De Reneville v De Reneville [1948]


The petitioner was born in England and of English parents. She was resident in England until her marriage. In 1935, she married the respondent, a French man who was a resident in Paris. Later on, she moved on and lived with him in Brazzaville, Congo and also at Briska, Algeria. Five years after their marriage, she left the respondent and returned to England. She petitioned nullity of the marriage on the ground that the marriage had not been consummated owing to either the incapacity or wilful refusal to consummate by the respondent. In response, the respondent told the English court that they had no Jurisdiction in the matter seeing that the marriage was solemnised outside of England.


Whether the Court could grant a decree of Nullity notwithstanding the fact that the Marriage was not solemnised in England.


Lord Greene was of the view that the Marriage should be decided according to French Law either because that is the law of the husband’s domicile at the date of the marriage or because at that date, it was the law of the matrimonial domicile in reference to which the parties may have been supposed to enter into the bonds of marriage. He opined that it would be for the English court, after hearing evidence of French law, to decide whether in French law the marriage was void or voidable. If the Marriage was void, then the English courts had Jurisdiction because in that scenario the petitioner was domiciled in England. Then if it was voidable under French Law, then the English courts would have no Jurisdiction because in that event the petitioner would be domiciled in France.


This case is often only used for distinguishing a void marriage from a voidable marriage. In Ross Smith v Ross Smith [1961] the Court of Appeal of England observed that in De Reneville, “the distinction between a void and a voidable marriage was relevant, but relevant only, for the purpose of determining the domicile of the petitioning wife.” Lord Greene observed that the distinction between a Void marriage and Voidable marriage is that ‘A void marriage is one that will be regarded by every court in any case in which the existence of the marriage is in issue as never having taken place and can be so treated by both parties to it without the necessity of any decree annulling it, a voidable marriage is one that will be regarded by every court as a valid and subsisting marriage until a decree annulling it has been pronounced by a court of competent jurisdiction’.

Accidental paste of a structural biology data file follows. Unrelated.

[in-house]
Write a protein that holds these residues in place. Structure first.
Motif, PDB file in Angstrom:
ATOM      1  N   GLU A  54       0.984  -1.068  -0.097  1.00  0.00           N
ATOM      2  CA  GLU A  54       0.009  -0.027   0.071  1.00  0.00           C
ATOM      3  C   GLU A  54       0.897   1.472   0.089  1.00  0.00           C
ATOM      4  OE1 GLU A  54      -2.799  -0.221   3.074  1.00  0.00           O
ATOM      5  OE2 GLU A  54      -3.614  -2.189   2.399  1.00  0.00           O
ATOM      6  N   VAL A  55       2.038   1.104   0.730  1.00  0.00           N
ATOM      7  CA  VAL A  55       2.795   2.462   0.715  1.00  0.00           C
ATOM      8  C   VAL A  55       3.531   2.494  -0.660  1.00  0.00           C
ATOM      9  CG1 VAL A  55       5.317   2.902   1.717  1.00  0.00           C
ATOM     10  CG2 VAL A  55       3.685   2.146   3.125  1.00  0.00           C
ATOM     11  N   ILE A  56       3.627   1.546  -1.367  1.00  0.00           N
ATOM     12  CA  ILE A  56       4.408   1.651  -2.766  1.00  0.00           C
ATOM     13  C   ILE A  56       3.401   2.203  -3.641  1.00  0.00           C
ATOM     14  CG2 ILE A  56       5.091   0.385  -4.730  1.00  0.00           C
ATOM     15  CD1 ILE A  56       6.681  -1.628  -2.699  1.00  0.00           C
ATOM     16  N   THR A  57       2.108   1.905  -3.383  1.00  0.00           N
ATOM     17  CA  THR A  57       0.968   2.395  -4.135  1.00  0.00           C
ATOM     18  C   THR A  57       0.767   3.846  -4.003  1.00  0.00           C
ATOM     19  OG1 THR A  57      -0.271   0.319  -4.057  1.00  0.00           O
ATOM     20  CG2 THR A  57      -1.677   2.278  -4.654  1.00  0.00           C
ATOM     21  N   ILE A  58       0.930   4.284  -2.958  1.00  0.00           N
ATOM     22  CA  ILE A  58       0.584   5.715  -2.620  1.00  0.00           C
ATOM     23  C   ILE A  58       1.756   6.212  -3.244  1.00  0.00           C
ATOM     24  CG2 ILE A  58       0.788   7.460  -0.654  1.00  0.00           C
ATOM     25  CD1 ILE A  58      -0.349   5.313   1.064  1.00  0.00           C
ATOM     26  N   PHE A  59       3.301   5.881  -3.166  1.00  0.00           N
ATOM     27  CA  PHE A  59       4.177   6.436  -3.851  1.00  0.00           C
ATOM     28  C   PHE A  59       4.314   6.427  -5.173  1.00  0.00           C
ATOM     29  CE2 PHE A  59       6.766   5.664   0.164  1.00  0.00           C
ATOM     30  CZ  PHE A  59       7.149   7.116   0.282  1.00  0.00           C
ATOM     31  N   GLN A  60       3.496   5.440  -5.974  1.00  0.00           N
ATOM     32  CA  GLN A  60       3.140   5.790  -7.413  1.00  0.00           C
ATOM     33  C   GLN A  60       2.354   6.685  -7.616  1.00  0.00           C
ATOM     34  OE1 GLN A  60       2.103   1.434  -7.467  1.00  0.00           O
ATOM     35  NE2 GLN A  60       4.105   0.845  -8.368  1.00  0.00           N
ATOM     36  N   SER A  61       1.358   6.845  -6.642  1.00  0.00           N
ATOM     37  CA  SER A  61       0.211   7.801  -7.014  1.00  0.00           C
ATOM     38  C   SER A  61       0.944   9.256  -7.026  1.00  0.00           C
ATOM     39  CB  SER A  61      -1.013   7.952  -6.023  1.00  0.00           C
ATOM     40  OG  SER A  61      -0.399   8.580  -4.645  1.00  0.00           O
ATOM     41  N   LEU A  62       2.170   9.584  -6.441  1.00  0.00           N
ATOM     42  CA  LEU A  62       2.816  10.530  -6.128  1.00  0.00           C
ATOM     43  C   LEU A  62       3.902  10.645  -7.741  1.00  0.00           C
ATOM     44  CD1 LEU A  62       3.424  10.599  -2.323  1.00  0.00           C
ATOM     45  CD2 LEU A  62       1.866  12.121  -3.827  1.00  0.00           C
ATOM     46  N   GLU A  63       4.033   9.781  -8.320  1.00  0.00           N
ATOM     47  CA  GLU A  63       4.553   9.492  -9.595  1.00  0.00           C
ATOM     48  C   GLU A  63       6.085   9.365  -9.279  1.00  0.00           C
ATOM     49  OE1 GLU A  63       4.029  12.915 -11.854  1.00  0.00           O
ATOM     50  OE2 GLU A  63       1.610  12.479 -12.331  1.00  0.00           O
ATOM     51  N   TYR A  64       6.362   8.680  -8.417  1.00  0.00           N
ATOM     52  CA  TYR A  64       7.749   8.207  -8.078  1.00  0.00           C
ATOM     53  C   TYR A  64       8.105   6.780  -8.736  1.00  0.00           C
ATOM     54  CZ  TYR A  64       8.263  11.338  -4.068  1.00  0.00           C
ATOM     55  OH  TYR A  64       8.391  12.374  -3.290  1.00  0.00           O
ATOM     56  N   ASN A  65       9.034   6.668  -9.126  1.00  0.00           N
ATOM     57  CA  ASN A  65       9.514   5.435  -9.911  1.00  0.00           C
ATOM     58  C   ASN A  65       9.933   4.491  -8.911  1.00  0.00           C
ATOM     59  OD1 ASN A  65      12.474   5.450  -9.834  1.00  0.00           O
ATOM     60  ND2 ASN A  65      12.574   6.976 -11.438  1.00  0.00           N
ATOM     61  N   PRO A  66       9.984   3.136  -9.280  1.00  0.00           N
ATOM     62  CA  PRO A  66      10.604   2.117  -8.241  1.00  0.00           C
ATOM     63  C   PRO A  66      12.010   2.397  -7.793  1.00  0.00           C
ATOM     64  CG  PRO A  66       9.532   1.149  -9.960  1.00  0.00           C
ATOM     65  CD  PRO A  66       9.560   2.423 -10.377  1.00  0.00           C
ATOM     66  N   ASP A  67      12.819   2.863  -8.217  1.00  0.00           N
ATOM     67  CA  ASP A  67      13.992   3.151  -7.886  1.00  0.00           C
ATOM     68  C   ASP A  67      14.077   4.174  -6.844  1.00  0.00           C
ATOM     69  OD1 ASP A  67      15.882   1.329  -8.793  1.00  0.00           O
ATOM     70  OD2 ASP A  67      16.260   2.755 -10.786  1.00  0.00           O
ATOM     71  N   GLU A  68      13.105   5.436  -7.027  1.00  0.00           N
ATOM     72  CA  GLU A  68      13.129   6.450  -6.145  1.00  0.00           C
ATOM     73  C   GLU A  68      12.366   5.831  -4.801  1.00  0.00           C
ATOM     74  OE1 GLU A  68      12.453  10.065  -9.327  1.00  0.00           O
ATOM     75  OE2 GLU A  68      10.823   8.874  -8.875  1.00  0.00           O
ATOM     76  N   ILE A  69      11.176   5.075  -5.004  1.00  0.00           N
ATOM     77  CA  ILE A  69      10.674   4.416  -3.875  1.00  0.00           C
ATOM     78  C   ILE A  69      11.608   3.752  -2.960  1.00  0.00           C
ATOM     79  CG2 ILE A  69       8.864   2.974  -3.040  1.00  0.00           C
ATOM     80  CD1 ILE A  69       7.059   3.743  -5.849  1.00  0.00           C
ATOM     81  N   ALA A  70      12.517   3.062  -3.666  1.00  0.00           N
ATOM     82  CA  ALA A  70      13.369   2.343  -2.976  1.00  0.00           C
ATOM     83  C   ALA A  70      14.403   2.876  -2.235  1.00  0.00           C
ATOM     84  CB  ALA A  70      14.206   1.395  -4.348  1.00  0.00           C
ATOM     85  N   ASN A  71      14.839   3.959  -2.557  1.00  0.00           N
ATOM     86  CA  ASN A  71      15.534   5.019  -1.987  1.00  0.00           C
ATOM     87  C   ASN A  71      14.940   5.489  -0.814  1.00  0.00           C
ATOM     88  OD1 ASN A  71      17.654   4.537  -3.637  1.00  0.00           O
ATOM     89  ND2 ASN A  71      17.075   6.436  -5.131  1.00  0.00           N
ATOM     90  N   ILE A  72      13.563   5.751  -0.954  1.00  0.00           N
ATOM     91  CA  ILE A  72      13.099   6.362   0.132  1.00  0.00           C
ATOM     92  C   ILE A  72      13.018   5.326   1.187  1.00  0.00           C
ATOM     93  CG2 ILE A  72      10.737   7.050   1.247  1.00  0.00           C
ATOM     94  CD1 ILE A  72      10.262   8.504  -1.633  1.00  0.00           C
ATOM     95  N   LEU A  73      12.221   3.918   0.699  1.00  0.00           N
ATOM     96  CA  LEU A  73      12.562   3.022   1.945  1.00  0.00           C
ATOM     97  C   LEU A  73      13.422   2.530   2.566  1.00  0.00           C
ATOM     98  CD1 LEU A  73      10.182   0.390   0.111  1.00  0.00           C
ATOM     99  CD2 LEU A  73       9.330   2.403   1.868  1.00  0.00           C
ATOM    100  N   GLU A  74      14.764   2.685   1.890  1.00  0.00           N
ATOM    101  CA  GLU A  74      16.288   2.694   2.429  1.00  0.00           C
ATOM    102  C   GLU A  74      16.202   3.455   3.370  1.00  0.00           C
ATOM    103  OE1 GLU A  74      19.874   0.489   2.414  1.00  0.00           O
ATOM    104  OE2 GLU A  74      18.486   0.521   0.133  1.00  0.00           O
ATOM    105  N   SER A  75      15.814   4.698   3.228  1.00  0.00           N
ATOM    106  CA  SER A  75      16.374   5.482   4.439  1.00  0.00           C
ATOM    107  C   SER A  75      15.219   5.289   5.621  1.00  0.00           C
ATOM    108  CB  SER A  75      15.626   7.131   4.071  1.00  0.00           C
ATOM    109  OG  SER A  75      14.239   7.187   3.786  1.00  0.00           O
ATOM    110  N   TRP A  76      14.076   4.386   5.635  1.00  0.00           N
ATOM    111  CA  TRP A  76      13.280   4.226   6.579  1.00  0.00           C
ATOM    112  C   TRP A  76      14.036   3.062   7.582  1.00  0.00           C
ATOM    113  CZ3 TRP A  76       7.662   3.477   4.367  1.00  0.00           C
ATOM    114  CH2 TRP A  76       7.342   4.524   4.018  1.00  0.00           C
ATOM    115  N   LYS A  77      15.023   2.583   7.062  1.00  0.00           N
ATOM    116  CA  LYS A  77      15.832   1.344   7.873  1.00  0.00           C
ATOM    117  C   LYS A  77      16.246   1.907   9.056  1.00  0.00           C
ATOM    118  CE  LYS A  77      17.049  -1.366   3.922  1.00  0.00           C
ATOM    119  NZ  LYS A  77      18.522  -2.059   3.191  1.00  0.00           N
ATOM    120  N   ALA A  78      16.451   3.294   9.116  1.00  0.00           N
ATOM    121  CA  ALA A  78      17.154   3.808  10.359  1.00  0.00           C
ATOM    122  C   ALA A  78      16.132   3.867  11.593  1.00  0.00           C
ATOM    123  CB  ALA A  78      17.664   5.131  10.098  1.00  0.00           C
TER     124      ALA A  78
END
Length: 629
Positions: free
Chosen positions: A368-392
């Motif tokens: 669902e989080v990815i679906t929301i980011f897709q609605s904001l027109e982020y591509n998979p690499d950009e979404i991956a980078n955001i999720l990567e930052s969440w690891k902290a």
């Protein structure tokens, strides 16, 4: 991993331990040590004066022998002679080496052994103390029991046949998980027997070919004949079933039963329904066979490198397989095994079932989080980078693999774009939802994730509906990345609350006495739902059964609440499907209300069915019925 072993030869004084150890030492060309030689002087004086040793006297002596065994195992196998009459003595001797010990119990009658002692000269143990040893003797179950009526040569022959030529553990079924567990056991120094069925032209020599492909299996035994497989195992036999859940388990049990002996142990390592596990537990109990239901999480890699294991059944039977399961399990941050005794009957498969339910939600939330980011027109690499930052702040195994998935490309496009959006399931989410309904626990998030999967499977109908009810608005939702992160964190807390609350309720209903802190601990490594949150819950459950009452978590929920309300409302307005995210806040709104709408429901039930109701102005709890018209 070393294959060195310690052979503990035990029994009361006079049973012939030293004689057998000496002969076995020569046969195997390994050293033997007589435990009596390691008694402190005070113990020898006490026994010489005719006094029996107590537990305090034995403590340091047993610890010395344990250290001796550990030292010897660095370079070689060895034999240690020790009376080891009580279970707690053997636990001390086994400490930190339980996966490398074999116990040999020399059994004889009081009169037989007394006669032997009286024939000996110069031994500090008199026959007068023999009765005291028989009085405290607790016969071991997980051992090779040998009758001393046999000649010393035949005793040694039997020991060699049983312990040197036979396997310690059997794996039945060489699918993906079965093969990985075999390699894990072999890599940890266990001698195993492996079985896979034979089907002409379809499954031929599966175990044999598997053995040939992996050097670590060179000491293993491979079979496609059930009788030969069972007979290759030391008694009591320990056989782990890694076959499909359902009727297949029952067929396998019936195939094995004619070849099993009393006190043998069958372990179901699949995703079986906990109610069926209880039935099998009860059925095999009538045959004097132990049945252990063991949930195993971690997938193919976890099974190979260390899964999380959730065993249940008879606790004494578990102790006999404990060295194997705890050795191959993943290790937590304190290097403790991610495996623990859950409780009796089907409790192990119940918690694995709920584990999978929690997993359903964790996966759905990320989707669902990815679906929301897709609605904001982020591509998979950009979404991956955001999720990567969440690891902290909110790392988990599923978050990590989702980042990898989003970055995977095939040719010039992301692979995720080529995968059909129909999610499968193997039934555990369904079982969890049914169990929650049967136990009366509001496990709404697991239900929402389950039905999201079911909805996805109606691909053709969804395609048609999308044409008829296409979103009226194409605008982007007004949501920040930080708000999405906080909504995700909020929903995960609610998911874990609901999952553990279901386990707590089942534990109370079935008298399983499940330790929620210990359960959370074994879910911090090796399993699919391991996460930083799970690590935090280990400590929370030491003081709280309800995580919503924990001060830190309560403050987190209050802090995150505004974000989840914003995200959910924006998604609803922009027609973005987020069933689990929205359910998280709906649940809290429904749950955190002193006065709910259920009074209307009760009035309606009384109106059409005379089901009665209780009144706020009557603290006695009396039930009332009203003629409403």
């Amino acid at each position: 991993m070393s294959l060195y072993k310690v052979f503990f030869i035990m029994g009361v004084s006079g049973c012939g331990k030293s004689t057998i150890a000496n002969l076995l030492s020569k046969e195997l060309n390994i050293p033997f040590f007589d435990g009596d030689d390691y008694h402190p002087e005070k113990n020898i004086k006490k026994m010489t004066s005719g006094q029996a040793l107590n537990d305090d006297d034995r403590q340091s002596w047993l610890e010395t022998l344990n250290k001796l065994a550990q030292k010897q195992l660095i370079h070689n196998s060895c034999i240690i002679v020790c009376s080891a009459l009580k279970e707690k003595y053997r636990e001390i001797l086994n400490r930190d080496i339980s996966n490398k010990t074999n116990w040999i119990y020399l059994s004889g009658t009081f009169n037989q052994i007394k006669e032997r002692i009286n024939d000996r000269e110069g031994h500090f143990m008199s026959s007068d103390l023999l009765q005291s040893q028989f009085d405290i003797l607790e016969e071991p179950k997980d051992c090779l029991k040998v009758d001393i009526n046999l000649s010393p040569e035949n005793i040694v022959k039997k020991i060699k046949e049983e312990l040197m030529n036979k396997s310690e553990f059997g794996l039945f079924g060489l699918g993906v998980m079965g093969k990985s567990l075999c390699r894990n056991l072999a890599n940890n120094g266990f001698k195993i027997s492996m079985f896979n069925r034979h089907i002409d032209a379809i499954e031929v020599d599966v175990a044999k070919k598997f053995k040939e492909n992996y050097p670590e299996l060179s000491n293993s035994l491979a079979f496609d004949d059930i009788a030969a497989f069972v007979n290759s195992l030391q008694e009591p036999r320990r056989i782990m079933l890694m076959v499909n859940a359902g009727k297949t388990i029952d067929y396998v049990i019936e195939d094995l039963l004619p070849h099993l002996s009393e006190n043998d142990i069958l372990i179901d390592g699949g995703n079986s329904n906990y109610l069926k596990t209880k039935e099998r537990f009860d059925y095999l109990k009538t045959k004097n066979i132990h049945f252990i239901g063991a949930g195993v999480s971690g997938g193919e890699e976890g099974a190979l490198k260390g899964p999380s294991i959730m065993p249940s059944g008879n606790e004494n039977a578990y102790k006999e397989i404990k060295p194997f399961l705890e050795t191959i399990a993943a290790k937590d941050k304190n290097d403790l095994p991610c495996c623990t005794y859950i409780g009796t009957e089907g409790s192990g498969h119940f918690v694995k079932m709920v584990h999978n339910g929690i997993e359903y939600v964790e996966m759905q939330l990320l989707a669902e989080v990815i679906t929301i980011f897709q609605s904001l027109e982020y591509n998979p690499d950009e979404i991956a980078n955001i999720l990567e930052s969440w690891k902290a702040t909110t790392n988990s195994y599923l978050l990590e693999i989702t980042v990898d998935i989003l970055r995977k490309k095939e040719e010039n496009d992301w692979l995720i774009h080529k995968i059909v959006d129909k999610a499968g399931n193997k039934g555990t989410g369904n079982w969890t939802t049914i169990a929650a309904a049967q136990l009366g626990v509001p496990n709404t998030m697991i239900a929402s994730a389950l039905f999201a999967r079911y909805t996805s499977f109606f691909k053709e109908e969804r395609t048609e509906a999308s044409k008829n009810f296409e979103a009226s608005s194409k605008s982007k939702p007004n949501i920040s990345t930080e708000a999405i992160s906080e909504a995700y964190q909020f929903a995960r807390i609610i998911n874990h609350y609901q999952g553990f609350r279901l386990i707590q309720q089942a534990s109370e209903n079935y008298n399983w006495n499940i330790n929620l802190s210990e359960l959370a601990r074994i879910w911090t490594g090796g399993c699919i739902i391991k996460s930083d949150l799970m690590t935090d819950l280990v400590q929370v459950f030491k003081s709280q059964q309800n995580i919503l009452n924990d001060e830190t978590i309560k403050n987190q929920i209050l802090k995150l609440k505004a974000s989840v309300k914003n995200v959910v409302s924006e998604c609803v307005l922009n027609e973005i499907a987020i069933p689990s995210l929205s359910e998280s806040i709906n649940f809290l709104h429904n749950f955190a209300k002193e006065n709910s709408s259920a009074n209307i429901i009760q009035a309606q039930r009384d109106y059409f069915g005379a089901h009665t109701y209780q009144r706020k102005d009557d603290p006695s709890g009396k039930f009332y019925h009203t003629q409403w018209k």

For more information on this case, read De Reneville Revisited (Cambridge University Press) Journal by J. H. C. Morris. Sourced by The International and Comparative Law Quarterly, Jul., 1970, Vol. 19, No. 3 (Jul., 1970), pp. 424-429. You can find it here.


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